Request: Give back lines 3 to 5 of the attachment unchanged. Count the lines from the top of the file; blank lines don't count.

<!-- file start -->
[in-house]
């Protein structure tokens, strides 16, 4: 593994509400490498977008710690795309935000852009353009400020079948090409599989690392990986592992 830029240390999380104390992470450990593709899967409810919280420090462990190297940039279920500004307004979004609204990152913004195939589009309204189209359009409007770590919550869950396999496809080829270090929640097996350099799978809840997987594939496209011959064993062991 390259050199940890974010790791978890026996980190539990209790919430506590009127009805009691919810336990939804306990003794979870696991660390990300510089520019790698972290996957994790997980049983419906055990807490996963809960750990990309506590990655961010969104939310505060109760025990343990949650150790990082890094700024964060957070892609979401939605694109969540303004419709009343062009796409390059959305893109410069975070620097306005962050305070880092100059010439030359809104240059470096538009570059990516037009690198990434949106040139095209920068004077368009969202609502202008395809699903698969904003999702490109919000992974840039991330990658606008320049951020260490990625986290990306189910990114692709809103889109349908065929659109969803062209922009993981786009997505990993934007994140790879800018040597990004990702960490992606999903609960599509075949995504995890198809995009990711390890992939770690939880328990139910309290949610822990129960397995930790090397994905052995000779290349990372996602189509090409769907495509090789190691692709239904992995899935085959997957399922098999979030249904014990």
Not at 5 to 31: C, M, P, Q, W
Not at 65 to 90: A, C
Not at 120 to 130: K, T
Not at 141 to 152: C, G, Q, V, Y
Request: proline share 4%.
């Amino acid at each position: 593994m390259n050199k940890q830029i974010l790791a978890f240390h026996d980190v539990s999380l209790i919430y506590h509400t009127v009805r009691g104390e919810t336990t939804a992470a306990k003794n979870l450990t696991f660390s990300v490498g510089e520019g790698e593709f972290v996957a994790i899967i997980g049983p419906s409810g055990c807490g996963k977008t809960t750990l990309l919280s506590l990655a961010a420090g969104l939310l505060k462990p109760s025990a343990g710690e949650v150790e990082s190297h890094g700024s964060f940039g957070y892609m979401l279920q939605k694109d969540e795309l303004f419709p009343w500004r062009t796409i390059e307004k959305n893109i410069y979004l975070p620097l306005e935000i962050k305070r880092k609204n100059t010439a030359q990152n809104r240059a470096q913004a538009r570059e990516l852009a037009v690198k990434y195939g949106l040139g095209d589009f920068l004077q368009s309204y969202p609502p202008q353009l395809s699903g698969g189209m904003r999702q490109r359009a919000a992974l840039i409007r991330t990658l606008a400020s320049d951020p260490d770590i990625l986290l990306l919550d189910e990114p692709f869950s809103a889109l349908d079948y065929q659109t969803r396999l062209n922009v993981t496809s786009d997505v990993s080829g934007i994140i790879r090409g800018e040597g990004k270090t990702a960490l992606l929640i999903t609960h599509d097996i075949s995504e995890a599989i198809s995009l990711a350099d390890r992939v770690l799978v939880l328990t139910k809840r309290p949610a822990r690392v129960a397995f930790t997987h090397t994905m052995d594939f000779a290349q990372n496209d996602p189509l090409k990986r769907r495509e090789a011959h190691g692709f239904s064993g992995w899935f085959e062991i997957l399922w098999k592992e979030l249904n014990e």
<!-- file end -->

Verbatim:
Not at 5 to 31: C, M, P, Q, W
Not at 65 to 90: A, C
Not at 120 to 130: K, T